Dell Stock (NYSE:DELL): Still Overpriced Despite Recent Plunge

Hardware, storage and peripherals manufacturer Dell (NYSE: DELL) has become one of the hottest artificial intelligence (AI) stocks on the market today. After the company reported its most recent earnings results in late May, the stock price collapsed by nearly 20% due to the built-up hype and enthusiasm that had built up in Dell’s stock price. Even with the recent sell-off, I’m still inclined to view Dell as a company that’s trading at too expensive a valuation for its business to not be fully AI-driven, so I have a neutral stance on the company.

In this article, I’ll take a closer look at the latest quarterly results to see what’s happening at Dell.

DELL shares have fallen sharply lately, but are still up 81.5% this year.

Dell’s fiscal first quarter 2025 look back

The Round Rock-based company delivered almost everything investors wanted to hear in its most recent quarter. Revenue rose 6.2% annually to $22.2 billion for the period ended May 3, surpassing Wall Street estimates of $21.6 billion. Earnings, excluding certain items, were $1.27 per share, in line with consensus.

Before we get into the details, it’s important to note that Dell operates in two different business segments: the Infrastructure Solutions Group (ISG), which deals with servers, networking and storage, and the personal computing Client Solutions Group (CSG) . Although the latter has faced challenges in recent years, the server business is booming, mainly due to the significant investment in AI spending in this sector.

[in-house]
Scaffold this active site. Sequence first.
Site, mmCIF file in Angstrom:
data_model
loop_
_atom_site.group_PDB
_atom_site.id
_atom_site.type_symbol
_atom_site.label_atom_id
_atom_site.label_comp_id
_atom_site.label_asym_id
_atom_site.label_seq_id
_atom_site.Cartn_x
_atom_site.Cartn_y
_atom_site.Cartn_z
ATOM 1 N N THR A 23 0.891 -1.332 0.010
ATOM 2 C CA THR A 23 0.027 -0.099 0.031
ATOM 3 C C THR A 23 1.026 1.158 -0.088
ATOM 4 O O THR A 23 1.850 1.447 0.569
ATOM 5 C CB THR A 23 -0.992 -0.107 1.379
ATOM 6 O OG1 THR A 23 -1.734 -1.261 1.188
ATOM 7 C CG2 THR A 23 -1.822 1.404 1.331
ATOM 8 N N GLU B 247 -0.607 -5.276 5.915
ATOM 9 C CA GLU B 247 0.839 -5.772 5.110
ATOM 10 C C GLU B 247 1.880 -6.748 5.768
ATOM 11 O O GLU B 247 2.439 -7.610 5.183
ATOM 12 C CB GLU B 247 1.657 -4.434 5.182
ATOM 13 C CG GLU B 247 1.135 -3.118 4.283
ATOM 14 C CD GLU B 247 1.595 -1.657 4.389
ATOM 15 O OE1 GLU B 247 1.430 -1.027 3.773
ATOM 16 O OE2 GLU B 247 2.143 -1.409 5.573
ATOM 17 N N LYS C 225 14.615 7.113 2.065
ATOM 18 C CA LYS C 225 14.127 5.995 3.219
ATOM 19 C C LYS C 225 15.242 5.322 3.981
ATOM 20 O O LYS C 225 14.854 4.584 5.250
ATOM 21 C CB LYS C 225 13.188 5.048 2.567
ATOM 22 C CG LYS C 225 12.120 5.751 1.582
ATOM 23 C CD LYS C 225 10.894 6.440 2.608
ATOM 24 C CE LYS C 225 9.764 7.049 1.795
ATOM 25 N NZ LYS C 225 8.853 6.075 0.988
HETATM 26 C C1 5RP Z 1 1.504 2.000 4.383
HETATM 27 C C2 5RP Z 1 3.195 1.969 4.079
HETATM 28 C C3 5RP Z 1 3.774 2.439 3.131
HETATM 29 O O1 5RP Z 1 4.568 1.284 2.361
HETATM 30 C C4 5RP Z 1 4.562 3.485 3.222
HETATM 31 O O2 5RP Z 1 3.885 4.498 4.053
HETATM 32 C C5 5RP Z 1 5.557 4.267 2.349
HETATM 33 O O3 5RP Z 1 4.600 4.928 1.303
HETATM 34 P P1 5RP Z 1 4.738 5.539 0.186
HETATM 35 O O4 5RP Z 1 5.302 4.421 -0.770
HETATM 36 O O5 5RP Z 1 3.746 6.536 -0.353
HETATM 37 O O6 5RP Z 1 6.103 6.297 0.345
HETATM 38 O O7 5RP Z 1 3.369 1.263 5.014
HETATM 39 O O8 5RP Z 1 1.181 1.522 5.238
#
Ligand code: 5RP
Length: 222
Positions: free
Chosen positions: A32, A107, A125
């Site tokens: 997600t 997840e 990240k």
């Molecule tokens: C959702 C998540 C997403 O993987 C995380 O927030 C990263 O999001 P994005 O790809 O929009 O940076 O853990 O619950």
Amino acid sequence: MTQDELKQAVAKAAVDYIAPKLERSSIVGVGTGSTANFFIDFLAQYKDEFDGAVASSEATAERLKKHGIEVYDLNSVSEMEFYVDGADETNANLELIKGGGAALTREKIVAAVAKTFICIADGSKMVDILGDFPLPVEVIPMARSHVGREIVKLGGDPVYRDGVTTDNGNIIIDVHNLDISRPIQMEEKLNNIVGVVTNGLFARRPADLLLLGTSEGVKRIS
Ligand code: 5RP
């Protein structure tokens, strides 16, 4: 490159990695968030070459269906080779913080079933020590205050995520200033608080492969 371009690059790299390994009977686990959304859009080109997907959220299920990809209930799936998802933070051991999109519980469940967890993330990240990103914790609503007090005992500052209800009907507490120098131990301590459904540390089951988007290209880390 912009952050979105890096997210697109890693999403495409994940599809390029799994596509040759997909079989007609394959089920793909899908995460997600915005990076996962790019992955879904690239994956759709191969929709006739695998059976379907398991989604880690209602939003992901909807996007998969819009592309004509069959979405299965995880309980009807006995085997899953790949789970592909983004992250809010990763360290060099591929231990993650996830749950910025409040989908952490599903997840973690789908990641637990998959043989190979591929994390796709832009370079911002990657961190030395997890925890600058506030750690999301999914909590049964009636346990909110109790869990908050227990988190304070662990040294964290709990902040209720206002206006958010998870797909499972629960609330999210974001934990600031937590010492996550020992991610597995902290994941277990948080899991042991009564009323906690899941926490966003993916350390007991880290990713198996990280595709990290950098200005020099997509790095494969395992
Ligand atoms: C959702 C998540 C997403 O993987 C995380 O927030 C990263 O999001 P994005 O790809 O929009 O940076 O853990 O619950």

This was exactly the panorama reported in its recent fiscal 2025 fiscal year earnings. Dell reported Infrastructure Solutions Group (ISG) revenues of $9.2 billion, up 22% year-over-year, with record server and networking revenues of $5.5 billion, up 42%, while Client Solutions Group (CSG) revenue was $12.0 billion, flat year-over-year, while commercial client revenue was $10.2 billion, up just 3 %.

One of the market’s main areas of interest is AI, where Dell has significant growth potential. The company reported that its AI server backlog was $3.8 billion, increasing sequentially by approximately $900 million. In other words, order demand is outpacing Dell’s ability to supply, mainly due to growth in the AI ​​sector.

However, the impact of AI is not just limited to ISG. Another important point that Dell emphasizes is the optimism surrounding CSG. Demand for commercial PCs is expected to improve significantly as the year progresses in a new refresh cycle, driven not only by an emerging Microsoft (NASDAQ:MSFT) Windows refresh cycle, but also due to an expected increase in PC demand as the industry makes great strides in AI-enabled architectures and applications.

Dell’s next steps towards AI

Dell management also highlighted the company’s plans to capitalize on AI in the near term. The company launched the Dell AI Factory, which will help accelerate AI adoption by combining workload-optimized solutions with an open ecosystem for partners like Nvidia (NASDAQ:NVDA) and Meta(NASDAQ:META).

In addition, Dell has improved its direct-to-chip liquid cooling technology with a GPU server that increases energy efficiency by 2.5 times. This innovation is crucial for hyperscaler companies, including leading Big Tech companies in the cloud industry such as Amazon (NASDAQ:AMZN) and alphabet (NASDAQ: GOOGL), who are looking for energy-efficient solutions for their extensive server requirements and expensive GPUs.